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SURVIVAL STEP 1—Build a Rapport with Your Captor “That was an impressive tackle,” I said. “Are you a football player?” “Football is baby sport,” he scoffed. “Pads. Helmets. I play man sport. Rugby.” “Well, I bet you’re great at it,” I said. “Did you play back home in Romania?” He looked into the rearview mirror and eyed me suspiciously. “How you know I Romanian?” I didn’t want to tell him that the FBI had warned me that the Romanians were after me or that I saw the Romanian flag tattooed on his forearm when he put me in the sleeper hold. I wanted him to like me, so I tried buttering him up. “My grandfather is from Romania,” I said. “I have a picture of him when he was a soldier and he looks just like you.” This made him smile. (For the record my papa Gio is from Italy, and my grandpa Ted grew up in New Hampshire. But I think it’s okay to lie when you’ve been abducted.) “By the way, as one Romanian to another,” I continued, “I think you’ve made a mistake. I think you nabbed the wrong kid.” The smile turned into a scowl and I worried that I’d offended him. 6


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“I’m not saying you’re not good at your job,” I added. “It’s just that with peer pressure and our need to fit in, kids look and dress so much alike that even we have trouble telling each other apart. One time my parents drove right by me at pickup. My own parents. So there’s no shame in grabbing the wrong one.” “Not wrong,” he replied forcefully.

SURVIVAL STEP 2—Disrupt Your Captor’s Train of Thought “Do you mean ‘not wrong’ as in I’m not wrong in what I’m saying? Or ‘not wrong’ as in you’re not wrong in whom you kidnapped?” I waited for a response, but all I heard was a low, frustrated growl. I assumed this was his deep-thinking noise. “If you don’t use pronouns, it really makes the conversation hard to follow. You need to say ‘You’re not wrong’ or ‘I’m not wrong.’ Especially in a situation like this with threats and demands. The wrong pronoun could have someone else ending up with your ransom money, and that wouldn’t be good for either one of us.” “Not wrong!” he barked again as if saying it louder suddenly solved the grammar issues. Just then he swerved to 7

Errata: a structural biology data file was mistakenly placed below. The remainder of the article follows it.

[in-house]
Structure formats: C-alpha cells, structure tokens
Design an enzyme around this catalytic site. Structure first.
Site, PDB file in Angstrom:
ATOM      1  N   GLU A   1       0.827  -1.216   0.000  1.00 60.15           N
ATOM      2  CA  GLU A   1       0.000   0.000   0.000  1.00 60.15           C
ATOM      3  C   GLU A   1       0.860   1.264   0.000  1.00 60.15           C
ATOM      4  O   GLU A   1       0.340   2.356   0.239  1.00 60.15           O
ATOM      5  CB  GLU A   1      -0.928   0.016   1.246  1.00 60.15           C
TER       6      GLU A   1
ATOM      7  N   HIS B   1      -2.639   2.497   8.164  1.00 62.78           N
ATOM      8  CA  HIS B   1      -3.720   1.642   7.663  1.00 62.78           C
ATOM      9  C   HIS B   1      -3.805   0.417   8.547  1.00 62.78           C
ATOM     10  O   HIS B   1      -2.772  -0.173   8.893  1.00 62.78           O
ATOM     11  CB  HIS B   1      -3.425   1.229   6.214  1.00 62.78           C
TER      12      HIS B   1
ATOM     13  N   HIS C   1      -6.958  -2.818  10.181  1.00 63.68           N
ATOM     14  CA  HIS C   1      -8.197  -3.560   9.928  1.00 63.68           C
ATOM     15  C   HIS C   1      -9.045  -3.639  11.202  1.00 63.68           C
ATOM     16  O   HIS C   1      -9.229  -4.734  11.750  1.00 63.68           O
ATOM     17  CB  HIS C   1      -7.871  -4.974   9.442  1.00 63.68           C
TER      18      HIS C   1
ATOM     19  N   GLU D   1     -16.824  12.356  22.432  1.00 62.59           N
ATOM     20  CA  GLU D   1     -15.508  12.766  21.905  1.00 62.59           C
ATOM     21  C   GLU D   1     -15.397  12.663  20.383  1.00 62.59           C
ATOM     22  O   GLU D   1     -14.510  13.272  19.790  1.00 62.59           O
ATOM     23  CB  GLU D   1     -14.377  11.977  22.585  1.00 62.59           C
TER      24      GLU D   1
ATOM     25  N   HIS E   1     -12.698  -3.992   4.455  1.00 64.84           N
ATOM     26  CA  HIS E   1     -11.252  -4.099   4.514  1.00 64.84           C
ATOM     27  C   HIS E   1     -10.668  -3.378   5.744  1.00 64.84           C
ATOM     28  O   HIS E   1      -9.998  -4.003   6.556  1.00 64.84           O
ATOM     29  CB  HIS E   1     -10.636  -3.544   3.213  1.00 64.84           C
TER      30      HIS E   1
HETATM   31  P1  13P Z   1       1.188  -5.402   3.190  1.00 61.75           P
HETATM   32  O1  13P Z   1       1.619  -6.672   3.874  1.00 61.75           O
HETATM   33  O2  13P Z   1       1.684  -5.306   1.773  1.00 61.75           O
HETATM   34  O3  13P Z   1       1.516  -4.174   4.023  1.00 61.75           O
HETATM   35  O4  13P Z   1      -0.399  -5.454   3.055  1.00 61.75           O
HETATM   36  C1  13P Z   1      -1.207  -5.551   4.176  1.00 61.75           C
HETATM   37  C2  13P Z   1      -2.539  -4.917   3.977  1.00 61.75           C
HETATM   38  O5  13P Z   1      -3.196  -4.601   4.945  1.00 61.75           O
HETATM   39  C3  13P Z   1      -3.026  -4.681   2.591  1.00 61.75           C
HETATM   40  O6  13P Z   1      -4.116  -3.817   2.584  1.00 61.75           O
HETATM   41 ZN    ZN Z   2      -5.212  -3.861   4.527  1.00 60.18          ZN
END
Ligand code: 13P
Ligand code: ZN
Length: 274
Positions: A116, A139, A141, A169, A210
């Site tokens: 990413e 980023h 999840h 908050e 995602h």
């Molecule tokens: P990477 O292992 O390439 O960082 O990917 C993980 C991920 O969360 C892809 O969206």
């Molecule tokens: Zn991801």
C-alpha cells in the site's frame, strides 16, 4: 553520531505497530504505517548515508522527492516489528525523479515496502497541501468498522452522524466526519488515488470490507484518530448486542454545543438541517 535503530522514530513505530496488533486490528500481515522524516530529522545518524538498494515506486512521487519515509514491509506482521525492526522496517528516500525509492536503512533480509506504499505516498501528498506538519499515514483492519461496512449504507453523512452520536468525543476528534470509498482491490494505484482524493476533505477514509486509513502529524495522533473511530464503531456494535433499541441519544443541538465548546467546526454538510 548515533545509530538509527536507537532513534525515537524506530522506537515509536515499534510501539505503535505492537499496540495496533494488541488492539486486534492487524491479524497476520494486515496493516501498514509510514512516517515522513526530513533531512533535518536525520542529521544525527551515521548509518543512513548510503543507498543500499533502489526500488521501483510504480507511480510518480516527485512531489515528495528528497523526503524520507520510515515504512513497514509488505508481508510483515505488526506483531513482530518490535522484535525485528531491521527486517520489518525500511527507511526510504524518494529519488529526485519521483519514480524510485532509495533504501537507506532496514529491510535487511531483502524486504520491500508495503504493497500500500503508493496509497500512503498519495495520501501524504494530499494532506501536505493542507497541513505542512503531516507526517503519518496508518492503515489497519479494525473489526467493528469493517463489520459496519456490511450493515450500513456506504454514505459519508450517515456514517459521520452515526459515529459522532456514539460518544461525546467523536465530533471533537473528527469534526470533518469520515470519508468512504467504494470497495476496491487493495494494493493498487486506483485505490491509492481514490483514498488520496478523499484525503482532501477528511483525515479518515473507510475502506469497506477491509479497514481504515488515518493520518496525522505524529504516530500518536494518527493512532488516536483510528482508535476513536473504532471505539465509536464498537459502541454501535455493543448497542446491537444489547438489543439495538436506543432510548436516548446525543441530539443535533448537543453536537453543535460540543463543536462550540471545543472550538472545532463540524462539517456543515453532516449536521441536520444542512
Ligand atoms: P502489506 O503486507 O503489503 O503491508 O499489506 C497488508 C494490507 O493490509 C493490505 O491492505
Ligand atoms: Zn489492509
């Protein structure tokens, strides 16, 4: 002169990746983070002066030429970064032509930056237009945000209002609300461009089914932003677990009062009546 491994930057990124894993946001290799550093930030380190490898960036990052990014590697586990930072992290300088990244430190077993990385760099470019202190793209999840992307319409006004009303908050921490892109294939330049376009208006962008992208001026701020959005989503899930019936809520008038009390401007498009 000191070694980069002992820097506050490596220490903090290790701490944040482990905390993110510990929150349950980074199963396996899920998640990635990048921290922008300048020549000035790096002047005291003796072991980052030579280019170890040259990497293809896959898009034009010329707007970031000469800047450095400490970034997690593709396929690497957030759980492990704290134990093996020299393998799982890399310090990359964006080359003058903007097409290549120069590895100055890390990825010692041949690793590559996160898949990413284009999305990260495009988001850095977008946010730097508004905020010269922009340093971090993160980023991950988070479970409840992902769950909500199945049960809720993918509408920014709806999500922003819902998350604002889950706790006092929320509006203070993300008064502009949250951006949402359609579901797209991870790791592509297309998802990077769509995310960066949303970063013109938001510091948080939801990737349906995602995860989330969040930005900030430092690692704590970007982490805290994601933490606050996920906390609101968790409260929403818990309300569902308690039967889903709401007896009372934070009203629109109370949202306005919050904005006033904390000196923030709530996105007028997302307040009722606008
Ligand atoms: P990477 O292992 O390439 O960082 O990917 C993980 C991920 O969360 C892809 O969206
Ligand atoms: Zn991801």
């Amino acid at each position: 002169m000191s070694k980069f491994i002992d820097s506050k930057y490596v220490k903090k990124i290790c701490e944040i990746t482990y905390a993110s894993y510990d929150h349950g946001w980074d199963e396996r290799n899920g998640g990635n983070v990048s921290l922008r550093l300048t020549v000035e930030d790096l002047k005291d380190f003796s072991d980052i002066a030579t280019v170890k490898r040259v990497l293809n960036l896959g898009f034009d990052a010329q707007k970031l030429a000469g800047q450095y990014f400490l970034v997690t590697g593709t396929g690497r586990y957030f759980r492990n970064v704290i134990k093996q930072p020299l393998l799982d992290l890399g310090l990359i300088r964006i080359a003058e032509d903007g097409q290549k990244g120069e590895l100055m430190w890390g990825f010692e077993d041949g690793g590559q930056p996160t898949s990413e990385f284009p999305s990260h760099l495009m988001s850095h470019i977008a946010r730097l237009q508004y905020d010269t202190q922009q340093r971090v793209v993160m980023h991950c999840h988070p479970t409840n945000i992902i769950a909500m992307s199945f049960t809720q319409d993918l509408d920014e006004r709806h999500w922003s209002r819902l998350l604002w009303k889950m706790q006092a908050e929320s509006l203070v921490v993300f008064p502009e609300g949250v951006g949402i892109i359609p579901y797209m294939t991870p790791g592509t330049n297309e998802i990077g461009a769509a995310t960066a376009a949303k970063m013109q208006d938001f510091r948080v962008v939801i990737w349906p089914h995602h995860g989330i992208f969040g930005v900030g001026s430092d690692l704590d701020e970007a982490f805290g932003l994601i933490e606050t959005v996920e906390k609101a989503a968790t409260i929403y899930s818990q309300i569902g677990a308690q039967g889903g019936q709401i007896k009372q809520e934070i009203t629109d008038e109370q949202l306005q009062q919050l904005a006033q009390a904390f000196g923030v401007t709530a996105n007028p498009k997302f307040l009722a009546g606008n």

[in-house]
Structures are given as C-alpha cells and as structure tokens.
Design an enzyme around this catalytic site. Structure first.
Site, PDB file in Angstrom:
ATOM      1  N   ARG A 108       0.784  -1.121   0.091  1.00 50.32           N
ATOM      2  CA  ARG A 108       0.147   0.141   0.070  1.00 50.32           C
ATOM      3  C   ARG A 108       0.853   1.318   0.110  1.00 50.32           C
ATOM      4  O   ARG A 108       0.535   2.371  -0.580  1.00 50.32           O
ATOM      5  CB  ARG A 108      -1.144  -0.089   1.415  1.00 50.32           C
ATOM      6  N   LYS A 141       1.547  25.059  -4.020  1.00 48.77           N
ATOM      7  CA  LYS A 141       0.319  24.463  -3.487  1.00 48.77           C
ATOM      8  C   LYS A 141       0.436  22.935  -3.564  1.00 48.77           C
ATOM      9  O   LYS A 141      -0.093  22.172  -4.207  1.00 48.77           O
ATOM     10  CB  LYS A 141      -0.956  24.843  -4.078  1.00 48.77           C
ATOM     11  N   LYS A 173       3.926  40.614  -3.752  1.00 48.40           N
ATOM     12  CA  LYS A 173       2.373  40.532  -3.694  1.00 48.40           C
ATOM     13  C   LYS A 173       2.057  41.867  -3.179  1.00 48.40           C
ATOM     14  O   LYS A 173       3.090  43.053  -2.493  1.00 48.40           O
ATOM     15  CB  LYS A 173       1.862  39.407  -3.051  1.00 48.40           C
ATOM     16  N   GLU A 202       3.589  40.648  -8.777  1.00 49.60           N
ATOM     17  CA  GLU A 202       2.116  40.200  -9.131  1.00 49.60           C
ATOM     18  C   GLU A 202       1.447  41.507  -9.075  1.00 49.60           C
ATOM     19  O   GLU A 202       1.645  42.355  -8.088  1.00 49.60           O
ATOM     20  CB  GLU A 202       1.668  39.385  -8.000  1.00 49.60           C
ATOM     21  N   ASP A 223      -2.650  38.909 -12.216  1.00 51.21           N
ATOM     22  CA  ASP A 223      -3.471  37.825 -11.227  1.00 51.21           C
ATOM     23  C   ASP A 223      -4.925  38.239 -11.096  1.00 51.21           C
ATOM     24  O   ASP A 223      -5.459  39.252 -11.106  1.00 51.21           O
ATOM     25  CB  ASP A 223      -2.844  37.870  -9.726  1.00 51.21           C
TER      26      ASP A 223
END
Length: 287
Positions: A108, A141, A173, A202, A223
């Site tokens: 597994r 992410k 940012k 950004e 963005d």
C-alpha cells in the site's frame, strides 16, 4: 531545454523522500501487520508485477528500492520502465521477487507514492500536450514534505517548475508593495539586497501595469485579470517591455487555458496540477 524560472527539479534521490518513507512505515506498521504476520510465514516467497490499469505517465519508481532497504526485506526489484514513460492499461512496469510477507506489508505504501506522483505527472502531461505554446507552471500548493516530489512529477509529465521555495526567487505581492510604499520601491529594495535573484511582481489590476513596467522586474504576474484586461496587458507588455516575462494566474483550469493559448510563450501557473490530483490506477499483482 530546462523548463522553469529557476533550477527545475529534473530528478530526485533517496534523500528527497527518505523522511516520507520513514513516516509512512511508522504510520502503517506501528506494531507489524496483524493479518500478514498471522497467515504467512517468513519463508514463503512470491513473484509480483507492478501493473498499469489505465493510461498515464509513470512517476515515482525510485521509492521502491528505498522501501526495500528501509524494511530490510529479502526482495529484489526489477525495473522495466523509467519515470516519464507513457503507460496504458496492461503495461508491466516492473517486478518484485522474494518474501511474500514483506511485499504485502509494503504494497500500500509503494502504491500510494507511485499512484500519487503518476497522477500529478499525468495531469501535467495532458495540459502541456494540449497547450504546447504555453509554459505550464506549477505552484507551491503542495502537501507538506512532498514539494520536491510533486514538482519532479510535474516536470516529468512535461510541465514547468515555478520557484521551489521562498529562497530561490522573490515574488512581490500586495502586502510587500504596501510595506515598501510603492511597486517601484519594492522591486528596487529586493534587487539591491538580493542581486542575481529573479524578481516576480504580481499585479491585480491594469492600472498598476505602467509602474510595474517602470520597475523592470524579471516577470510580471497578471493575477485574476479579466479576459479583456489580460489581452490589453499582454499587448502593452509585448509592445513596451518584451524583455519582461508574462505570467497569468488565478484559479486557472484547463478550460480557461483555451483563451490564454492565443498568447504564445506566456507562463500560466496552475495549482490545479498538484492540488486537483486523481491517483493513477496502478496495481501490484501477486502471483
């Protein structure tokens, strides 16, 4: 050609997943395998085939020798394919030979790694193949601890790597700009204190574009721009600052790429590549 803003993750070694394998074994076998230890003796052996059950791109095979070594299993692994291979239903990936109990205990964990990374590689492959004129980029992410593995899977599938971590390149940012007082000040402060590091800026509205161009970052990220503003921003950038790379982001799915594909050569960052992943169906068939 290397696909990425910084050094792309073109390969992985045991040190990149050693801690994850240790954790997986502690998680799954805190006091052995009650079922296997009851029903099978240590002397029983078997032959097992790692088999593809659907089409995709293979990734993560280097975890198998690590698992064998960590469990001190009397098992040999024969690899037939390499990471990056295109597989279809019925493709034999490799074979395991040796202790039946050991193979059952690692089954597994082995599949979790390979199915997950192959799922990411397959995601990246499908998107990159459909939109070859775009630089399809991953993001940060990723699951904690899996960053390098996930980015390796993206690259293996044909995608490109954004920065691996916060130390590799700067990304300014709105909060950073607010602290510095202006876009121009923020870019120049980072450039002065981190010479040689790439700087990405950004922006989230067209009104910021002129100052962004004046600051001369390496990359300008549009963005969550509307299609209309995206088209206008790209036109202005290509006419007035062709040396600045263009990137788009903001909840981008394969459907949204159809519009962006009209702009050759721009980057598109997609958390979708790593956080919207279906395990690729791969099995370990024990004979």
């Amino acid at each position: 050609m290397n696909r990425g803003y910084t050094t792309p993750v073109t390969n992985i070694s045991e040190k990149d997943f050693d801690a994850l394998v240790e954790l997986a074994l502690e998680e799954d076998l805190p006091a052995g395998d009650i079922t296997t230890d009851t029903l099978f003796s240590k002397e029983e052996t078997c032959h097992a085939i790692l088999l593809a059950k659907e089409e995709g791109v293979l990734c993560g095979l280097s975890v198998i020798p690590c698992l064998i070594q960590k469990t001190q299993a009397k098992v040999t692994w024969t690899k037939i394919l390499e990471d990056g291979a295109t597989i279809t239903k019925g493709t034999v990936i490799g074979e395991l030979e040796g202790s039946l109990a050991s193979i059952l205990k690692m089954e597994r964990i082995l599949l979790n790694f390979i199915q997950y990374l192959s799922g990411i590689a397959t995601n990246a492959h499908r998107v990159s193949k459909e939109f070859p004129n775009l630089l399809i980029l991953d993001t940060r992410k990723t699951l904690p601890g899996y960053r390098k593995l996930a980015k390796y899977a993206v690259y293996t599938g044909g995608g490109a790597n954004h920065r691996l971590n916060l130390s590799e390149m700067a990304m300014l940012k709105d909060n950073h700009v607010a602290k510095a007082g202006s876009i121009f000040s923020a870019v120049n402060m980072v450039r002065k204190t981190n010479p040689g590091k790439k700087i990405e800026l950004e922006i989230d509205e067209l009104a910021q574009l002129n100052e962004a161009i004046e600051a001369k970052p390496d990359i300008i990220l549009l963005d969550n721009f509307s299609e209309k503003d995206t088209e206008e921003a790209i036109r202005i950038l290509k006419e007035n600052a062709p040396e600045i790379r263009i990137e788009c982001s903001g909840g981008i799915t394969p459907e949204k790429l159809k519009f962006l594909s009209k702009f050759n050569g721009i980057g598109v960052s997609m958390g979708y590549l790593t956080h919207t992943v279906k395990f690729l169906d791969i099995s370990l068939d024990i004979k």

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avoid another car, blasted his horn, and yelled what I assumed were choice Romanian curse words. I figured he was distracted enough for me to start inching toward my backpack. “Don’t feel bad,” I continued. “I understand how hard it is to learn a new language. My family moves all the time. I’ve had to learn French and Italian. It’s molto difficile. That’s Italian for ‘very difficult.’ ” “Stop talk!” “That’s a perfect example of what I mean. You said ‘stop talk’ but it should be ‘stop talking.’ English is so complicated. But let’s forget about grammar and get back to you kidnapping the wrong person. Like I said, it’s an easy mistake and easy to fix. If you let me go, I promise not to tell anyone. Just drop me off at the nearest Metro station.” “Shut mouth or else!” The “or else” was ominous, and combined with the continued lack of pronouns it reminded me of the third step from my training.

SURVIVAL STEP 3—Do Not Antagonize Your Captor (When I told Margaret about the steps, she couldn’t believe this wasn’t first.) 8


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So far I’d managed to get about halfway to the backpack, but I still needed one big push to reach it. When my FBI handler warned me about the Romanians, I did some studying and came across a website with phrases in different languages. I’d learned one just in case a moment like this arrived. “Vehicolul meu aerian e plin cu maimute!” I wasn’t sure about my pronunciation, but it must have sounded Romanian enough because moments later he veered over to the side of the road and slammed on the brakes. The truck came to a screeching halt that sent me tumbling across the floor. At this point the backpack was just beyond my fingertips. I was about to scoot the last little bit when he stood up, walked into the back of the delivery truck, and leaned over me, no regard for personal space (or dental hygiene). “What saying you?” he demanded, his face red and splotchy. “I said that if you let me go I won’t tell anyone.” “No,” he replied as he leaned even closer. “What saying you Romanian?” I gulped and gave it another try, hoping I’d remembered it correctly. One wrong word could give the sentence a totally different meaning. “Vehicolul meu aerian e plin cu maimute!” 9


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Judging by his glower, I was pretty sure I’d ruined everything. I could just imagine the funeral, with my FBI instructor saying, “I told him not to antagonize his captor.” And Margaret shaking her head and responding, “And I told him not to go behind the Safeway.” He reached down and pressed his beefy hands against the sides of my head, and I waited for the inevitable crushing of my skull. But that’s not what happened. Instead he flashed a huge yellow-toothed grin and laughed. “Hubbercraft?” he asked, mispronouncing the word as he continued to laugh. “Yes,” I replied, smiling back and repeating the phrase in English. “My hovercraft is full of monkeys.” It was a silly phrase from a silly website, but it seemed to do the trick. Rapport had finally been established. “You’re funny,” he said as he helped me back into an upright position. “Thanks,” I replied. “By the way, ‘You’re funny’ is excellent subject/verb agreement. I wonder if the fact that you were more relaxed helped . . .” “Now shut mouth!” Okay, so it was only limited rapport. “Oh, and forget about backpack,” he said. “I already took out what you’re looking for.” 10